Exceptional actions are the experiences that you undertake or subject yourself to in order to bring on special insight or growth. They may involve an unusual challenge that includes unpredictability, discomfort, or a high degree of difficulty. Mark Divine calls this type of severe test a “crucible event.” There are a few meanings to “crucible:” a) a container in which substances are melted or put to very high temperatures b) a severe trial which brings forth something new.
Here are three exceptional events from my own life:
Infantry basic trade training was a long duration crucible event which I undertook at 17 years of age. The course combined basic military training and the foundational training of a reserve infantry soldier. The first lesson that I learned was how to get through daily difficulties, of which there were many. Towards the end of training and for a long while afterwards, the second realization started to set in. I was capable of doing difficult things. I was able to persevere, and to suffer to achieve a goal. These lessons have continued to resonate within me for over 30 years.
Craig Douglas’ Edged Weapons Overview course was a medium duration event. It was a heavy contact force on force training seminar. During two very long days, while fighting through physical and mental exhaustion, and facing insecurities about my own abilities, I learned that I am capable of facing down not just one but multiple uncooperative assailants. Did I do well in every training evolution? Hell no. Did I surprise myself? Yes I did. This experience showed me many of the gaps in my skill set which I began working on after the course and which I have continued to address for a decade since. My mental, physical, and technical pursuits, along with my confidence, were deeply influenced by those two days of pressure testing. More than anything, I learned to face fear over those two days.
The 45 minute plank challenge was a short duration event. I did this with two friends and a third who was there for moral support. We tried to hold ourselves in the plank position for 45 minutes straight. When we started, we all knew that we wouldn’t be able to do it and yet we had no idea what it would be like to try. The point of it all was to strive and see what we experienced. When we broke from the plank posture we would return to it as soon as we were able to gather up the nerve to do it again. The lasting value of this process was how it laid open to me the qualities of my own self-talk. For much of this event I was able to detach and observe the silent dialogue I had with myself. I learned something about myself: I am more positive than I thought. For a self-avowed cynic, this new self-knowledge surprised and strengthened me.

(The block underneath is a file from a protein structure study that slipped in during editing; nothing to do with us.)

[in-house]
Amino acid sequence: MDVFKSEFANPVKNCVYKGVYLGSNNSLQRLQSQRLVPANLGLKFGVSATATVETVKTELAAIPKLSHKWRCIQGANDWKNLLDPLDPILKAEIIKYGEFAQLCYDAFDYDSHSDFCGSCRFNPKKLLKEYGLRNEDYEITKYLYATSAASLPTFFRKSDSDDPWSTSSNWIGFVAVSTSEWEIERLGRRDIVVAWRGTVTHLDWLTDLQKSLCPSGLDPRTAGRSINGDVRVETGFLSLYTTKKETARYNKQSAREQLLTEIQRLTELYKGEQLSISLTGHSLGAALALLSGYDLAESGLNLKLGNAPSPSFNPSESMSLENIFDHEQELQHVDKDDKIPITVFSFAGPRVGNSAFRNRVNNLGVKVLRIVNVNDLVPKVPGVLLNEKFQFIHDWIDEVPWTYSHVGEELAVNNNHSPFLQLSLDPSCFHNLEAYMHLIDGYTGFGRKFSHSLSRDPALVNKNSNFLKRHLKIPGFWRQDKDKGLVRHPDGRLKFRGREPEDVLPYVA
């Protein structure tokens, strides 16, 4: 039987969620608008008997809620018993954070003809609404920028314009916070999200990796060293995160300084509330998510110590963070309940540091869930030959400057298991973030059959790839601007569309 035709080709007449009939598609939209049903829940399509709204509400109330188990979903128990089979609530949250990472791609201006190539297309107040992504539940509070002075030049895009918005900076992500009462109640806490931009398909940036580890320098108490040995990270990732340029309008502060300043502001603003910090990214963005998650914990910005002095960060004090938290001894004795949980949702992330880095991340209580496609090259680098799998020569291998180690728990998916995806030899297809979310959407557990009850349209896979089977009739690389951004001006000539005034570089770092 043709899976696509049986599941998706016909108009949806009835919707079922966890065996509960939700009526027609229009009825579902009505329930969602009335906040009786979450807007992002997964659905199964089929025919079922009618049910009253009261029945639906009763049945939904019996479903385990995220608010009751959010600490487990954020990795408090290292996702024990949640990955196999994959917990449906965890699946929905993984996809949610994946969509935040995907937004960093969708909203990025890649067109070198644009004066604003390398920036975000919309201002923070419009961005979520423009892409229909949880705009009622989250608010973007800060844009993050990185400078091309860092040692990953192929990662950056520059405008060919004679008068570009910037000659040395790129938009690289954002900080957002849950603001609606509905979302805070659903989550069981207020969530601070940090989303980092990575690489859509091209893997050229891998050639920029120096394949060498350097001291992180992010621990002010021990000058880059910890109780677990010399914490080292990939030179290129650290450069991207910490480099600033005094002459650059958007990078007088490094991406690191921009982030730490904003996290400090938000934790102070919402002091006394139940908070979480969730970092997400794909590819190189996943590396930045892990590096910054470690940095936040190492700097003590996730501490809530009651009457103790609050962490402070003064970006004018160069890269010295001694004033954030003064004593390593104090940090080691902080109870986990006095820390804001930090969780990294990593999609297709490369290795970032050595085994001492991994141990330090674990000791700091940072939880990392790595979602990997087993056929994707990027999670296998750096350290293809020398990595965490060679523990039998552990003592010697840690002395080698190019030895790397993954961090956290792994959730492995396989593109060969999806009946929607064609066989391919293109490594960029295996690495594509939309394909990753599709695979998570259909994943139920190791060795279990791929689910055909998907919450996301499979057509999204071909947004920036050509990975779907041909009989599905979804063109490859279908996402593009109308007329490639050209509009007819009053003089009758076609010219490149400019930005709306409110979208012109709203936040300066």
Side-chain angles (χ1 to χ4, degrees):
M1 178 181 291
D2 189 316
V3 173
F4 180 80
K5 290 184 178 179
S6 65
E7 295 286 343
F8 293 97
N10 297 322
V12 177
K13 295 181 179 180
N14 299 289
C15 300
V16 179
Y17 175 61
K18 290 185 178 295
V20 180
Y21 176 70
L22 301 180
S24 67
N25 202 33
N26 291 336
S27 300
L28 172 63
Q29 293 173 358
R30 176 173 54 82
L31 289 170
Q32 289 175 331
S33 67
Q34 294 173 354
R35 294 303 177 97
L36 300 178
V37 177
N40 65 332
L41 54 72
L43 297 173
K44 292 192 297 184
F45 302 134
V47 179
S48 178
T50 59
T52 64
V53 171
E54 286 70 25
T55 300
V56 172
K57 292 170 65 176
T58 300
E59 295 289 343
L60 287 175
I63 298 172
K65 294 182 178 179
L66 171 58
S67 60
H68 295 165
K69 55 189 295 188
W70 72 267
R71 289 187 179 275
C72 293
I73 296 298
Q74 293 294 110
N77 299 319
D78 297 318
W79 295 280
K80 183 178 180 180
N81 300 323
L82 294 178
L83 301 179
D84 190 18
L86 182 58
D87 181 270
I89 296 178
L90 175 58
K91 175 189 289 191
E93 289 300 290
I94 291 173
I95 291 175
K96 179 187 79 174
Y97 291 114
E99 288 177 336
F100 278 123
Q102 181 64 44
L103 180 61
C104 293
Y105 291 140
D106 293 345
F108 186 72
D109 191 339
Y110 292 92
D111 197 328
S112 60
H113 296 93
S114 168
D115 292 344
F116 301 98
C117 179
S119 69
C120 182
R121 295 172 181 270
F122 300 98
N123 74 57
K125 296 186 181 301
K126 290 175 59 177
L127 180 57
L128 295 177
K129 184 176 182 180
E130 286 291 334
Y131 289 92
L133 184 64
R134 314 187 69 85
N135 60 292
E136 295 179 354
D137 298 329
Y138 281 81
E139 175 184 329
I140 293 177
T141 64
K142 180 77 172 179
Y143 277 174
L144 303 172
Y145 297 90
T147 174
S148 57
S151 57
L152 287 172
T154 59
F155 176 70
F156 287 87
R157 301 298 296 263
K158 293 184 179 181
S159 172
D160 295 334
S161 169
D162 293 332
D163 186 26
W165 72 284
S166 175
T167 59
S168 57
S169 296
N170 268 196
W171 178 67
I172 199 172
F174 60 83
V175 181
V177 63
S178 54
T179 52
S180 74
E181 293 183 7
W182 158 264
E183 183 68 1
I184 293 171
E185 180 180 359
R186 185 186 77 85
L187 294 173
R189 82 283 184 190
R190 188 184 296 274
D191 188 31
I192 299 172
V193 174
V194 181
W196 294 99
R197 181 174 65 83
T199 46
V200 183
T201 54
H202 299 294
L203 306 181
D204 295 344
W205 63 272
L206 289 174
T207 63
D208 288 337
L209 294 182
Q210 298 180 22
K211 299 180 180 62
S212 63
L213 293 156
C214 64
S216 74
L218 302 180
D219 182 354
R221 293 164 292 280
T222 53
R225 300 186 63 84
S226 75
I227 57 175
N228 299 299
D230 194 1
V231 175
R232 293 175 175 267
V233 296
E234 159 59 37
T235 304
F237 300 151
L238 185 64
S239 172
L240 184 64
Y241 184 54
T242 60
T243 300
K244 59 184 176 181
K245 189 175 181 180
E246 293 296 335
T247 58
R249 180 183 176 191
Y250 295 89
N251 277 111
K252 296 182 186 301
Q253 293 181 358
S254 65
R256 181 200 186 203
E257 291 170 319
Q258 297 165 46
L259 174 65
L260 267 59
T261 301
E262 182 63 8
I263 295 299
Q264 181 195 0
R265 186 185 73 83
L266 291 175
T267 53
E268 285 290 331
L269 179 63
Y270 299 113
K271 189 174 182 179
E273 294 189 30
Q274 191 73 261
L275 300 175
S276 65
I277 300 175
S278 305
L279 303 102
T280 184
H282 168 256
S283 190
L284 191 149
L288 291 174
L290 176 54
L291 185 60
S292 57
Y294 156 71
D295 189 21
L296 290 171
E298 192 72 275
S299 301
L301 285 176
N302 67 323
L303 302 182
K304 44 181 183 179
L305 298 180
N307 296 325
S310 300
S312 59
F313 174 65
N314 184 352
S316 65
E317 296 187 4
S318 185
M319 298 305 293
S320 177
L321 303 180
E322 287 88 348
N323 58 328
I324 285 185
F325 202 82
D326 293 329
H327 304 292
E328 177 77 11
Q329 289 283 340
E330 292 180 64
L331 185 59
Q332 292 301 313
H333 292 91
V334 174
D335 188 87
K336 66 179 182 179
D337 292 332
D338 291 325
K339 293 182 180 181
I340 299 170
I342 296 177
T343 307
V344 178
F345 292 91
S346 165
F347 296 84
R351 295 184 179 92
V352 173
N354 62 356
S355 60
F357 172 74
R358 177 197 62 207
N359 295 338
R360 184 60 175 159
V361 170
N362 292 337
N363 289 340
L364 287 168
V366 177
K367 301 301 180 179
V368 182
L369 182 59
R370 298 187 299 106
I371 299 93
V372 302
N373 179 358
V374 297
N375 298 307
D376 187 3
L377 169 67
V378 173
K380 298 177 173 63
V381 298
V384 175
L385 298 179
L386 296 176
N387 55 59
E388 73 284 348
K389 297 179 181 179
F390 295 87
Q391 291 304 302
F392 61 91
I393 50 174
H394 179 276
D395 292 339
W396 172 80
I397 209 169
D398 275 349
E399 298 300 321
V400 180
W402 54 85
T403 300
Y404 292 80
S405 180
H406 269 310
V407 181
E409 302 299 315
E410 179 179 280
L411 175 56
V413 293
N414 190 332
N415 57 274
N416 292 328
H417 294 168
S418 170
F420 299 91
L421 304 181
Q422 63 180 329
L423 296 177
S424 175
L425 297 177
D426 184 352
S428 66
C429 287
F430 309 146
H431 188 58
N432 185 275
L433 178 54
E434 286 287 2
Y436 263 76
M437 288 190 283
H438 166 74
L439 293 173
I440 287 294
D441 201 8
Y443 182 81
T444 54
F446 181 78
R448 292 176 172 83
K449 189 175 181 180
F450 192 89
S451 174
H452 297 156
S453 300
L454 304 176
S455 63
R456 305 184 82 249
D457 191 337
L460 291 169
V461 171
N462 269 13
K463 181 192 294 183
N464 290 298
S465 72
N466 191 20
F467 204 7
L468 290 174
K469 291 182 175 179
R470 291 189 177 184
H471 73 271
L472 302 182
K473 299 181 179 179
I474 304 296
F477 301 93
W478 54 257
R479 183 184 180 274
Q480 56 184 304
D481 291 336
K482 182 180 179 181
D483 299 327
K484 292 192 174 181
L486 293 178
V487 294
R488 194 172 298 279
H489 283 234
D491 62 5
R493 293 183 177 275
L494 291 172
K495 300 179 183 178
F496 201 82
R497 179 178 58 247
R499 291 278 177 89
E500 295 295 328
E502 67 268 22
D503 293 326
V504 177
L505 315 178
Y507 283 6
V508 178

“Do one thing every day that scares you.” Eleanor Roosevelt
Some ideas on actions to take for character growth:
Physical training - train your body to discipline your mind. PT builds capability, health, and character, all at the same time.
Service - find a connection to something larger than yourself.
Study - read classical and ancient texts, philosophy, literature, history, religion. Learn a physical art, a difficult instrument, or a complex game like chess or go.
Get outside of your comfort zone- seek manageable levels of deprivation and discomfort. Do this regularly. Some of the best advice that I ever read was on a bumper sticker quoting Eleanor Roosevelt: “Do one thing every day that scares you.”
Do something which requires courage- practice moral and physical courage. Express your strength. You may surprise yourself.
Some questions to ask yourself, regularly:
What effects do I want to have on the world?
What responsibilities do I have to fulfill?
Am I capable, the way that I am now, of achieving these things?
We are self-making beings. Vervaeke (and Socrates) urge us to look deeply at what it means to have purpose, potential, and character. Vervaeke boils it down to this: “your purpose is to become as fully human as possible!” We can look deeply into these matters and find meaningful answers for ourselves. But searching is not enough. It will require thoughtful planning and hard continual work to realize depth of character.
Character is a choice. Do not forget this. As Eleanor Roosevelt proclaimed, “I am who I am because of the choices I made yesterday.”
Note: The John Vervaeke quotes are taken from his lecture series Awakening from the Meaning Crisis, episode 6.
My thanks to Matt and Silas, both of whom helped me by reading this before publication. Silas’ substack can be found here: https://awakeinrelationship.substack.com/